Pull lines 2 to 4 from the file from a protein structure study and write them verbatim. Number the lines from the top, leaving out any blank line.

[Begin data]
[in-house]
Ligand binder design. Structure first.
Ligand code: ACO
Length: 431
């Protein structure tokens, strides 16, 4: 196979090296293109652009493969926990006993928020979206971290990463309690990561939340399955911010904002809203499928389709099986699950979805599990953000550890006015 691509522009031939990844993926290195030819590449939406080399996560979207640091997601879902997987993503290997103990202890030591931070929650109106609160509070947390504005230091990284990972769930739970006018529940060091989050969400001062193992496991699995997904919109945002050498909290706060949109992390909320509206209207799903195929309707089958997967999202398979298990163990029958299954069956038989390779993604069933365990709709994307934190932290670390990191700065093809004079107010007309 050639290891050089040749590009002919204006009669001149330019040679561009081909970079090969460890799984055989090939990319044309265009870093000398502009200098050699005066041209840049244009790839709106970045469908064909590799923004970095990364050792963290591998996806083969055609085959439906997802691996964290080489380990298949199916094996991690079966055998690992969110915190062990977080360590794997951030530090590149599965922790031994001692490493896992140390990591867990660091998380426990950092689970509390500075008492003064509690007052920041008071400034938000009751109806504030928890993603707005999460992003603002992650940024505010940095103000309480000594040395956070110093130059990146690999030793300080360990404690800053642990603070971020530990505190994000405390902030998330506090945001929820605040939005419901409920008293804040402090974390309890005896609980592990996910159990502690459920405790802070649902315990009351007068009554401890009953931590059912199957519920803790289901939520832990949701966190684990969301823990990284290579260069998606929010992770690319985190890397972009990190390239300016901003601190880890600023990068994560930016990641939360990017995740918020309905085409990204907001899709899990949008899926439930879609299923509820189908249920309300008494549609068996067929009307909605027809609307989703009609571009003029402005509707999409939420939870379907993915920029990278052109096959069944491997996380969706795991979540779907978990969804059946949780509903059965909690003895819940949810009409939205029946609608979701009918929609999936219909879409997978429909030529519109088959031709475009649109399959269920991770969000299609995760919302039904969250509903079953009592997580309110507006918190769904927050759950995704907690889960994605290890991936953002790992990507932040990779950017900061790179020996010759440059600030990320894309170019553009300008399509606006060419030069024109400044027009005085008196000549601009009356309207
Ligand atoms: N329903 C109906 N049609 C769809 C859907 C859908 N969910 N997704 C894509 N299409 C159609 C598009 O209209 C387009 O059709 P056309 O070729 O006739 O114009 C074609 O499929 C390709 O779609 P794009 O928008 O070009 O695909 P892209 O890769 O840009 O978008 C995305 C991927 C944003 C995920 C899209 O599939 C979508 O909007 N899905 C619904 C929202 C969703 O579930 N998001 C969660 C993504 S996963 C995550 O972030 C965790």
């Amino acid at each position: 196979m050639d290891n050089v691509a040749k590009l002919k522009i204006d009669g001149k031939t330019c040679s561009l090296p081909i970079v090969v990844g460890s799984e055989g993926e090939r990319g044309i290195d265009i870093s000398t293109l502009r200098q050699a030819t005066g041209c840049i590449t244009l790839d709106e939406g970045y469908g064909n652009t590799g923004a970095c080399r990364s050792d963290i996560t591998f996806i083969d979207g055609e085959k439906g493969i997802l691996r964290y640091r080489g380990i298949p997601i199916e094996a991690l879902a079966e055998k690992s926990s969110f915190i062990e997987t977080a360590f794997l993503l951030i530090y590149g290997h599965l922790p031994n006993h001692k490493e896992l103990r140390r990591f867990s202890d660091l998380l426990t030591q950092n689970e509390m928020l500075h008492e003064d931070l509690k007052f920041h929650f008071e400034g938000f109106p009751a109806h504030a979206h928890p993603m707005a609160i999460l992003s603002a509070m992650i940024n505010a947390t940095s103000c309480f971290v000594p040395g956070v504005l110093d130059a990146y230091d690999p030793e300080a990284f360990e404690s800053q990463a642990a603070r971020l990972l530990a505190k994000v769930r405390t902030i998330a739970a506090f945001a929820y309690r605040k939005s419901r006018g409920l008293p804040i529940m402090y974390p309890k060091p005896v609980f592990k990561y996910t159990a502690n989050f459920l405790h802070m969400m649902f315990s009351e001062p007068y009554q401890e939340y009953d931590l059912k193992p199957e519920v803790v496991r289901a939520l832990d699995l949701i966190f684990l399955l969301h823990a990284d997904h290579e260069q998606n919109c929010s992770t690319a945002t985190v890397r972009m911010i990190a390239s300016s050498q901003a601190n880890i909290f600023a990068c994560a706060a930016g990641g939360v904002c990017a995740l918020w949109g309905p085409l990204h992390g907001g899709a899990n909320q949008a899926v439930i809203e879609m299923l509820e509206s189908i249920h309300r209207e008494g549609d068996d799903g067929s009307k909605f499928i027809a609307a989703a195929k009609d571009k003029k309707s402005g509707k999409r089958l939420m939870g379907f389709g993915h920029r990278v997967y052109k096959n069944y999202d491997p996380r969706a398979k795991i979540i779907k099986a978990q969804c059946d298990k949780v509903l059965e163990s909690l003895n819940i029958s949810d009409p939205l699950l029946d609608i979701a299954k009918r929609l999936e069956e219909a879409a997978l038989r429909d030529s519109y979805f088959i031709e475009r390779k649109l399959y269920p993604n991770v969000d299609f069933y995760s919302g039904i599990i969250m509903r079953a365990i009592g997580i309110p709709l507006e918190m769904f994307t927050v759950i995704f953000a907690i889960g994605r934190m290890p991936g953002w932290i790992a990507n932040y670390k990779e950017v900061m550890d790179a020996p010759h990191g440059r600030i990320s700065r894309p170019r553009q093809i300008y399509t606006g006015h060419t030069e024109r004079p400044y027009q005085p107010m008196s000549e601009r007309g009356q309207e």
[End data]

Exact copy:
Ligand binder design. Structure first.
Ligand code: ACO
Length: 431